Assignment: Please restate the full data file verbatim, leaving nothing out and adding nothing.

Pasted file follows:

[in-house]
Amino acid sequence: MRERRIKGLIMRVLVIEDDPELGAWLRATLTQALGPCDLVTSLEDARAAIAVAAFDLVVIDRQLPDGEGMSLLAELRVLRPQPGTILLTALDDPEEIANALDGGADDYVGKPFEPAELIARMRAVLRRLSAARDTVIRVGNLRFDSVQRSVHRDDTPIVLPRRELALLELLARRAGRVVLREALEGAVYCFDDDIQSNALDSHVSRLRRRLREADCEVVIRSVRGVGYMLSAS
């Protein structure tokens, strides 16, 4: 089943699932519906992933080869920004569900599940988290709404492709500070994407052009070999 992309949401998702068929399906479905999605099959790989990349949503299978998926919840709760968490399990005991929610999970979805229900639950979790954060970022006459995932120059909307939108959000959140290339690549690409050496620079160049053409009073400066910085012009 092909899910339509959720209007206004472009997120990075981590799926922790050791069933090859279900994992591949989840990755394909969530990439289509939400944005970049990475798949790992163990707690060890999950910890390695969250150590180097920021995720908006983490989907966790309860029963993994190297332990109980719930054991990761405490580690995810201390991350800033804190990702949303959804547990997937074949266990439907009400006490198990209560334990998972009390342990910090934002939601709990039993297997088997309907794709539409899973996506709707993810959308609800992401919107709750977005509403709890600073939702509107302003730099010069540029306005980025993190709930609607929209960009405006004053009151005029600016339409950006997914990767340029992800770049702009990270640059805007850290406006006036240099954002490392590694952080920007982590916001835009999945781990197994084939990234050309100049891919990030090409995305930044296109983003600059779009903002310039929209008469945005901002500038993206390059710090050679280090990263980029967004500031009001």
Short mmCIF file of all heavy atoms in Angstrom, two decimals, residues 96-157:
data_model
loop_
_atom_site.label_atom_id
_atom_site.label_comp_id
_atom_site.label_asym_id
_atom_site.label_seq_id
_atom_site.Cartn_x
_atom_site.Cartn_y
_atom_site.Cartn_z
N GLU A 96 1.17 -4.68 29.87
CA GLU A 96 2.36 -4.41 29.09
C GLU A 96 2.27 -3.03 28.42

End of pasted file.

[in-house]
Amino acid sequence: MRERRIKGLIMRVLVIEDDPELGAWLRATLTQALGPCDLVTSLEDARAAIAVAAFDLVVIDRQLPDGEGMSLLAELRVLRPQPGTILLTALDDPEEIANALDGGADDYVGKPFEPAELIARMRAVLRRLSAARDTVIRVGNLRFDSVQRSVHRDDTPIVLPRRELALLELLARRAGRVVLREALEGAVYCFDDDIQSNALDSHVSRLRRRLREADCEVVIRSVRGVGYMLSAS
């Protein structure tokens, strides 16, 4: 089943699932519906992933080869920004569900599940988290709404492709500070994407052009070999 992309949401998702068929399906479905999605099959790989990349949503299978998926919840709760968490399990005991929610999970979805229900639950979790954060970022006459995932120059909307939108959000959140290339690549690409050496620079160049053409009073400066910085012009 092909899910339509959720209007206004472009997120990075981590799926922790050791069933090859279900994992591949989840990755394909969530990439289509939400944005970049990475798949790992163990707690060890999950910890390695969250150590180097920021995720908006983490989907966790309860029963993994190297332990109980719930054991990761405490580690995810201390991350800033804190990702949303959804547990997937074949266990439907009400006490198990209560334990998972009390342990910090934002939601709990039993297997088997309907794709539409899973996506709707993810959308609800992401919107709750977005509403709890600073939702509107302003730099010069540029306005980025993190709930609607929209960009405006004053009151005029600016339409950006997914990767340029992800770049702009990270640059805007850290406006006036240099954002490392590694952080920007982590916001835009999945781990197994084939990234050309100049891919990030090409995305930044296109983003600059779009903002310039929209008469945005901002500038993206390059710090050679280090990263980029967004500031009001």
Short mmCIF file of all heavy atoms in Angstrom, two decimals, residues 96-157:
data_model
loop_
_atom_site.label_atom_id
_atom_site.label_comp_id
_atom_site.label_asym_id
_atom_site.label_seq_id
_atom_site.Cartn_x
_atom_site.Cartn_y
_atom_site.Cartn_z
N GLU A 96 1.17 -4.68 29.87
CA GLU A 96 2.36 -4.41 29.09
C GLU A 96 2.27 -3.03 28.42